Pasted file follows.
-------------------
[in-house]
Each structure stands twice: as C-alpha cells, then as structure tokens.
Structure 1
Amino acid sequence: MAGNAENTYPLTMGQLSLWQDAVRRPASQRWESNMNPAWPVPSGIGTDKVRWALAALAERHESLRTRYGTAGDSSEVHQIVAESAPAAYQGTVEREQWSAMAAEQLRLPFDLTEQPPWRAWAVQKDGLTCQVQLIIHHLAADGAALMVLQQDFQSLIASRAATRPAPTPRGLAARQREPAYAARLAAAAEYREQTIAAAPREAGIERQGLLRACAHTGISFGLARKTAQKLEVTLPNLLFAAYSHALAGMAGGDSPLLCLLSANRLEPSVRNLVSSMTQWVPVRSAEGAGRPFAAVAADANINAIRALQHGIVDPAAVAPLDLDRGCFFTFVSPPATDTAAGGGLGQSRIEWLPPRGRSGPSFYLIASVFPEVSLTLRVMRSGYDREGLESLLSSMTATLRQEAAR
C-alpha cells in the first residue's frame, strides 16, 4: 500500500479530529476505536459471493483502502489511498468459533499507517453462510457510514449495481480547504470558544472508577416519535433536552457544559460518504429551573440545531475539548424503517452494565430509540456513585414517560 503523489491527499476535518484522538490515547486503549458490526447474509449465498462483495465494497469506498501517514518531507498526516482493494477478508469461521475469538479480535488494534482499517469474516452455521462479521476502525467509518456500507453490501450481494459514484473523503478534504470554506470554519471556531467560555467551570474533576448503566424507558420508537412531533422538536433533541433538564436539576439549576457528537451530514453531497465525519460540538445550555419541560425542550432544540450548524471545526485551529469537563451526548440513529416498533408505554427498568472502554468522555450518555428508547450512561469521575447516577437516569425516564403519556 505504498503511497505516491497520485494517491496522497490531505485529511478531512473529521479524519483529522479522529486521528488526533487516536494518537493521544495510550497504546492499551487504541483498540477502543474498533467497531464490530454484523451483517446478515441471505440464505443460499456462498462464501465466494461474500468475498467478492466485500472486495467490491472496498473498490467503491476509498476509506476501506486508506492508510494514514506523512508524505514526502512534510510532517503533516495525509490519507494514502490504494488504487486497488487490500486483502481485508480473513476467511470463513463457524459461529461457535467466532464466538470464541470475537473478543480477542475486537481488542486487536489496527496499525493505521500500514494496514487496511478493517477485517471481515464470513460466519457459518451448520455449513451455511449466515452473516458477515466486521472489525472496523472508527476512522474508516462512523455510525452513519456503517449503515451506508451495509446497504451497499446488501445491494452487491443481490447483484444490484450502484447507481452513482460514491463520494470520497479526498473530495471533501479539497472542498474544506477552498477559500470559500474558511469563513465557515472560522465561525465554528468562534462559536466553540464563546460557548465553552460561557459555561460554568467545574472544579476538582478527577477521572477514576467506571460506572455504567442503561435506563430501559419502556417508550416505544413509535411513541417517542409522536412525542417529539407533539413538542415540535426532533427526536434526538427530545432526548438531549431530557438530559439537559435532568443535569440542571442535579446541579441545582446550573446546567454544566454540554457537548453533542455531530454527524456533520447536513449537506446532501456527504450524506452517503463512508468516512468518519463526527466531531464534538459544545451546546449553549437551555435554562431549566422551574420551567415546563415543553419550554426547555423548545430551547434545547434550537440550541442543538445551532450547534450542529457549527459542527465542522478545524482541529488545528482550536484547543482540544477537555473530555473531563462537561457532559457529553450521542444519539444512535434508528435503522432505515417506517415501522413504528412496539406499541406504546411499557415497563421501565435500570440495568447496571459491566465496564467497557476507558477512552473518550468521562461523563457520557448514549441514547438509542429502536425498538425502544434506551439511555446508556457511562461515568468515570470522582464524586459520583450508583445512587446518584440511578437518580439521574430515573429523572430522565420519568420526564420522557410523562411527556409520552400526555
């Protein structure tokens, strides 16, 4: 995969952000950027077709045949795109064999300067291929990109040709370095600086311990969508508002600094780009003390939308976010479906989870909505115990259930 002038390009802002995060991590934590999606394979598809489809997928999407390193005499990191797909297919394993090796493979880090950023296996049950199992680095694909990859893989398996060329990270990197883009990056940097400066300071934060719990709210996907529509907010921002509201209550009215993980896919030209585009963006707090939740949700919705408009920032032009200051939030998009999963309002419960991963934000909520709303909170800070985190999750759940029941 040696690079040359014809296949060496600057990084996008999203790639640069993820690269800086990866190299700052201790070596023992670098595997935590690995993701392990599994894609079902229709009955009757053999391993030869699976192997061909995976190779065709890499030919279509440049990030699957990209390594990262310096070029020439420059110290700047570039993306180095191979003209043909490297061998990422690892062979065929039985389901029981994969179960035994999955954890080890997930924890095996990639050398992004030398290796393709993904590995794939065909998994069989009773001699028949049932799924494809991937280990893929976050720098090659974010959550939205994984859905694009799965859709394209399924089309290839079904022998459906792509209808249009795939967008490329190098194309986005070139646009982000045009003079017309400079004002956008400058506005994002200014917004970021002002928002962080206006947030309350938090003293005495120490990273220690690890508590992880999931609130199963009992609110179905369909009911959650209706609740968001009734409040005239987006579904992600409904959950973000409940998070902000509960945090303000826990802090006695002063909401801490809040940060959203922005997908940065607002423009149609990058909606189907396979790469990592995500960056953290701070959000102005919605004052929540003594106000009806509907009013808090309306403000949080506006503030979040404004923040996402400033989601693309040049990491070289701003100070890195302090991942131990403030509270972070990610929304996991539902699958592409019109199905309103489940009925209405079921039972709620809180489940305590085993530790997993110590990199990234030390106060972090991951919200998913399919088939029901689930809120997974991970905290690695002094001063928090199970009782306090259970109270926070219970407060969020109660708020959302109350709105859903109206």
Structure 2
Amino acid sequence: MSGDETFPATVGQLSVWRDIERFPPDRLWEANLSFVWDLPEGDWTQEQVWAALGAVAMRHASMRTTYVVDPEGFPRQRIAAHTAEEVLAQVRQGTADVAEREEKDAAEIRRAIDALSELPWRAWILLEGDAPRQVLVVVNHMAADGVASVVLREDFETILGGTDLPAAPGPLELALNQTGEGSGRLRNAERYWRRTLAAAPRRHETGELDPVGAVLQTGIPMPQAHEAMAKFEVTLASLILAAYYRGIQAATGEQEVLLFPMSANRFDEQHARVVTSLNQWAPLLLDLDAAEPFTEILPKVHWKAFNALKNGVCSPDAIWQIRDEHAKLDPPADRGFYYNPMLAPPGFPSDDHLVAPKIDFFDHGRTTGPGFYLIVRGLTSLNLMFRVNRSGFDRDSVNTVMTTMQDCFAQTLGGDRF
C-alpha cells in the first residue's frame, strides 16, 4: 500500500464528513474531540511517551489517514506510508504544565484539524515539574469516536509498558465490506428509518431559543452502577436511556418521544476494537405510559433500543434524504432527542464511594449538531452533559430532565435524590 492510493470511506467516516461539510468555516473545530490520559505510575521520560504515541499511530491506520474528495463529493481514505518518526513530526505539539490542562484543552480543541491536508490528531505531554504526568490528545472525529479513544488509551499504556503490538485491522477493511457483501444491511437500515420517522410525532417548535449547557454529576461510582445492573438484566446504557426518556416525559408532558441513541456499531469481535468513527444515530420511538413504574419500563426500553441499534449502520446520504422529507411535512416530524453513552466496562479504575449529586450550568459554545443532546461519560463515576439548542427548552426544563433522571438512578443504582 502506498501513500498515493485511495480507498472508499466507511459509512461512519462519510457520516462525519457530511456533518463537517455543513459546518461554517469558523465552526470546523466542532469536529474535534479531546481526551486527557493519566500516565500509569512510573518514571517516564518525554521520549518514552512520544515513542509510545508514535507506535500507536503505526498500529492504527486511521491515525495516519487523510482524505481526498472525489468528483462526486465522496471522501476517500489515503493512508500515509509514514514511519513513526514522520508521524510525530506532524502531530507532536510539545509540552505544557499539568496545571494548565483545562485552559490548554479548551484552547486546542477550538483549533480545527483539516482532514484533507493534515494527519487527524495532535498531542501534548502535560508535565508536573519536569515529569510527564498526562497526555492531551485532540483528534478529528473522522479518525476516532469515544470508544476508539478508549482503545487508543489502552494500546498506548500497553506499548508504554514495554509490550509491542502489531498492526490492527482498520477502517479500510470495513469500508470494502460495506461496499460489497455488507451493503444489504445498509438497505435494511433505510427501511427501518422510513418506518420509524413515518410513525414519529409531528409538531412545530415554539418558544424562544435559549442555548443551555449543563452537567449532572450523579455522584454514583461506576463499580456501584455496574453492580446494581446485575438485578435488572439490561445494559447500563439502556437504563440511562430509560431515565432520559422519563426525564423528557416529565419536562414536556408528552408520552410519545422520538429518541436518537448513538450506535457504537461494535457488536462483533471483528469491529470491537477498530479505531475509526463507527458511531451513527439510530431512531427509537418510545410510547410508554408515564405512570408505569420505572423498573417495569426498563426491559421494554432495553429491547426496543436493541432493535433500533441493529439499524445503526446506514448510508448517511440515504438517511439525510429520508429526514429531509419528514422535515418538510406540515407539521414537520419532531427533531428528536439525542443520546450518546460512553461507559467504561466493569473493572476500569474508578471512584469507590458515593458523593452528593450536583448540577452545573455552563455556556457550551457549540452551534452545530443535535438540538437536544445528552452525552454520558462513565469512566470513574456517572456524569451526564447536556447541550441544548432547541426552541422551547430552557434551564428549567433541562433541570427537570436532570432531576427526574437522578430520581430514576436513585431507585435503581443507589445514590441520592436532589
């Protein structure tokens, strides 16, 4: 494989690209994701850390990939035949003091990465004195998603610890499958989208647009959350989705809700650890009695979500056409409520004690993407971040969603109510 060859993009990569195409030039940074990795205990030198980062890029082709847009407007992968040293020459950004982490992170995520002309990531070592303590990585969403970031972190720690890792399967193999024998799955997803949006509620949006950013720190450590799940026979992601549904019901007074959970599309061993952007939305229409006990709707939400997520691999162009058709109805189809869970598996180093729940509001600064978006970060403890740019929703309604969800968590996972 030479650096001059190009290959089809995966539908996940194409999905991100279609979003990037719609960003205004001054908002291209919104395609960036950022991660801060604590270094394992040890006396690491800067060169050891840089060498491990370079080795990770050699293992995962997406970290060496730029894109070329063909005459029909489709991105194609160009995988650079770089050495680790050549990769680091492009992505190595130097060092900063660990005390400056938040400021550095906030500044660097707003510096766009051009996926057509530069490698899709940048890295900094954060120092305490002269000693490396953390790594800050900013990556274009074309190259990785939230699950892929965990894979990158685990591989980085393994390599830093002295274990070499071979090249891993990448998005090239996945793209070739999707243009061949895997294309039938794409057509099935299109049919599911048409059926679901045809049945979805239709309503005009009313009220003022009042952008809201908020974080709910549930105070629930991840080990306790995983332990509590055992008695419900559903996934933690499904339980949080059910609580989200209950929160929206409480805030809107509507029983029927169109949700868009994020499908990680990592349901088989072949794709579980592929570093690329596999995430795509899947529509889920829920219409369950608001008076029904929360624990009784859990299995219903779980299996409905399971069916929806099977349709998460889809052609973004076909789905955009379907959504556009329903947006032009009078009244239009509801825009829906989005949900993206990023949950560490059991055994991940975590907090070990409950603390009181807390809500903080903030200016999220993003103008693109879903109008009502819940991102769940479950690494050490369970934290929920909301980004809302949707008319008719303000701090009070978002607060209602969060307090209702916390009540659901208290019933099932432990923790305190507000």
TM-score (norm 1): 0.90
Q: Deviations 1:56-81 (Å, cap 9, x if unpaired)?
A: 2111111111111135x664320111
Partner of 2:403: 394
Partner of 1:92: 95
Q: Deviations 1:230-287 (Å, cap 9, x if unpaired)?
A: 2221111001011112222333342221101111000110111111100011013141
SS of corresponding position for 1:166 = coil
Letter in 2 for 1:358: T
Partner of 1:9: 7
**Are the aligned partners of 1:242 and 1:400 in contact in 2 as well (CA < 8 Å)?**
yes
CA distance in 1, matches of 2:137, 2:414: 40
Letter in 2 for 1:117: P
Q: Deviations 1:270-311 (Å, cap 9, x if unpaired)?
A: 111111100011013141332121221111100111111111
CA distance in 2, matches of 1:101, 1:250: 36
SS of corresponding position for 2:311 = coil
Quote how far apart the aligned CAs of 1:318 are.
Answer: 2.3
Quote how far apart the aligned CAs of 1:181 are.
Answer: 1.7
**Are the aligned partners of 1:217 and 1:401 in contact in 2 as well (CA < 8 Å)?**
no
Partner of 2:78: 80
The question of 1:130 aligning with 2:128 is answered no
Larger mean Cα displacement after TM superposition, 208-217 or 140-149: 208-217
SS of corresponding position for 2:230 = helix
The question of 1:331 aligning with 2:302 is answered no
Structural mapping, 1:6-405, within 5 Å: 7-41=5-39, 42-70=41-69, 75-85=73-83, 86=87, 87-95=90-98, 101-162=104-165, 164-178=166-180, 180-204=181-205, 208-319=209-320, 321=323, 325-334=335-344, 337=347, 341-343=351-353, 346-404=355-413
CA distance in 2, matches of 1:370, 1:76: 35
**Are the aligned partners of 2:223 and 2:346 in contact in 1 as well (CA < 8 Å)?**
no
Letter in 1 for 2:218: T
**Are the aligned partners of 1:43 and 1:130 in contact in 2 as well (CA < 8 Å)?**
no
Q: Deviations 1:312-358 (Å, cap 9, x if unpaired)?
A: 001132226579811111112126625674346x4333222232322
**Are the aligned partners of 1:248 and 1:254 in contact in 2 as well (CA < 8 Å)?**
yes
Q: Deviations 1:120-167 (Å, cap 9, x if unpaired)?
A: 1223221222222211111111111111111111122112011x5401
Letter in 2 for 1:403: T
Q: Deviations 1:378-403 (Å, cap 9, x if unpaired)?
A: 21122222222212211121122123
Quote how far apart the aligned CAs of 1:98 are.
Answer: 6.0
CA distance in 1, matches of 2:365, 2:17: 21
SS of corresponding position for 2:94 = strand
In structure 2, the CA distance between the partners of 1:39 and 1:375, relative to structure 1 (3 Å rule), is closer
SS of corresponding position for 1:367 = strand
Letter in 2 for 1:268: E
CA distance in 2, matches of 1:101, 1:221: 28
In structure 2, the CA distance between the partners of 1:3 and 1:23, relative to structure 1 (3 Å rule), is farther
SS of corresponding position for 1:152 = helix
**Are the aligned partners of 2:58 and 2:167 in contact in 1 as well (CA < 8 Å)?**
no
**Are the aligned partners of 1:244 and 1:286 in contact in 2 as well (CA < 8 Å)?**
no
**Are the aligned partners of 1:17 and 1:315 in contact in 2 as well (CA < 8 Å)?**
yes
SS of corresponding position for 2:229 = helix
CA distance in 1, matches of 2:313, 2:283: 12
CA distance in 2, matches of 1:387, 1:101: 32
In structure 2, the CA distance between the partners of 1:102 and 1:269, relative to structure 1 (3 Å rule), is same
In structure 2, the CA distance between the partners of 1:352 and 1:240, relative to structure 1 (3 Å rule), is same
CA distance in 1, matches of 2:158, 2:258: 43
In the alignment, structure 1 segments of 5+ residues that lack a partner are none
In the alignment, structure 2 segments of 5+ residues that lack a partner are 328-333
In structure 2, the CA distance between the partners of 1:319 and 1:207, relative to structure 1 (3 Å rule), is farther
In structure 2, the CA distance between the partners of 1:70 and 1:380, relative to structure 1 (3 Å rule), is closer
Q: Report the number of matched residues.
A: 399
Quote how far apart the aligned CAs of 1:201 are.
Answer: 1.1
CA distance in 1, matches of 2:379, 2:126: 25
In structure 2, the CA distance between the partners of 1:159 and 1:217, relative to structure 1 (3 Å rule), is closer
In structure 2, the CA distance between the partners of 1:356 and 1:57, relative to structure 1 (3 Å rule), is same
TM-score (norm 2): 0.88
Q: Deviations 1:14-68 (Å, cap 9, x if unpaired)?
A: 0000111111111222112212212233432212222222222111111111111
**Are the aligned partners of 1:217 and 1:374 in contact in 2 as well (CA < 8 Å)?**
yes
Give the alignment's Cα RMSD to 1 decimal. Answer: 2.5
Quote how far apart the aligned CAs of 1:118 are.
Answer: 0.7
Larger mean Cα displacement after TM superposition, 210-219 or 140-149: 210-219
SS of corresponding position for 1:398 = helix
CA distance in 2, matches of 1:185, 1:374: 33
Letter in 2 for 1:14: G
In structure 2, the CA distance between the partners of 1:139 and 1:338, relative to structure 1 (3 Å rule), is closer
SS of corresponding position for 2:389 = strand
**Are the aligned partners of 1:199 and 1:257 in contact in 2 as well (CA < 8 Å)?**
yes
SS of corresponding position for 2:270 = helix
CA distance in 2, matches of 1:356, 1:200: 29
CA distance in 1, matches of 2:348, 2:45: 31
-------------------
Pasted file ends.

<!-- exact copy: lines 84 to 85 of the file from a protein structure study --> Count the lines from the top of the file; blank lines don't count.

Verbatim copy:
Quote how far apart the aligned CAs of 1:201 are.
Answer: 1.1